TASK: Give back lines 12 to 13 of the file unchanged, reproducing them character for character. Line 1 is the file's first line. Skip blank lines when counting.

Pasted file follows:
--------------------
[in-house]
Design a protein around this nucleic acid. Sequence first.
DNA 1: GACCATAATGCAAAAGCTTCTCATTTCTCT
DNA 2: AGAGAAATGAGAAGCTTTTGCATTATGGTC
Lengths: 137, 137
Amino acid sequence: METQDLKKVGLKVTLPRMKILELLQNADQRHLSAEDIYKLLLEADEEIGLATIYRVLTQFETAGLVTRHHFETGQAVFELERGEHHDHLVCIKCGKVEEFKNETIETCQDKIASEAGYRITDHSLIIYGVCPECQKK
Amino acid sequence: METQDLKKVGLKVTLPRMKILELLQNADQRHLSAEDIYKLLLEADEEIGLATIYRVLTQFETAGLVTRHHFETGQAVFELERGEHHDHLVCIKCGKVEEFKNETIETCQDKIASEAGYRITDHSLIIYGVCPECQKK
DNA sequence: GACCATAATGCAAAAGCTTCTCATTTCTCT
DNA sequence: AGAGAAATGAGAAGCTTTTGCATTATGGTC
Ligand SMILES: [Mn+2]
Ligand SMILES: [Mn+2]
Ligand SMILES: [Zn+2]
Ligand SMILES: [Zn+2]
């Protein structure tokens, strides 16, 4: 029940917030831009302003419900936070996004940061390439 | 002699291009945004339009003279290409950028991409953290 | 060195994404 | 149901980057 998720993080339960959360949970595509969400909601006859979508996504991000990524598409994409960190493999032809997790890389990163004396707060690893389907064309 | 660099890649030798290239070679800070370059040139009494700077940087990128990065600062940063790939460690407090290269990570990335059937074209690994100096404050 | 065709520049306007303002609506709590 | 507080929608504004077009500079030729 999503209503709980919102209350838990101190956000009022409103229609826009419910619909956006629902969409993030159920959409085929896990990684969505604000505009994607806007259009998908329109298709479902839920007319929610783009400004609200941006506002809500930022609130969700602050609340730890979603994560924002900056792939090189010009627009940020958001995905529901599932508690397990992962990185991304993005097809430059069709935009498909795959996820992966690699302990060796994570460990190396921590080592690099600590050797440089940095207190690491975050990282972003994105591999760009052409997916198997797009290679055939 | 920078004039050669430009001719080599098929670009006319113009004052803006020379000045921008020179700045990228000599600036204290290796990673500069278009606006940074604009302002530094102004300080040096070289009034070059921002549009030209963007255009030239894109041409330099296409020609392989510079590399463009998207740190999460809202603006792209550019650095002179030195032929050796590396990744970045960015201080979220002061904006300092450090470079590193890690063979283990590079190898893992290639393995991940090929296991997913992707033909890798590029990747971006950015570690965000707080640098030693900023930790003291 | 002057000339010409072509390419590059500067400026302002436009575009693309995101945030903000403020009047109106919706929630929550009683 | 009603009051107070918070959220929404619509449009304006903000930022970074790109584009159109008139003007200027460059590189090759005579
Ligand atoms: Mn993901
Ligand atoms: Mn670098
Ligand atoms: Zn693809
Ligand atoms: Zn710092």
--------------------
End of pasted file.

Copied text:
Ligand SMILES: [Zn+2]
Ligand SMILES: [Zn+2]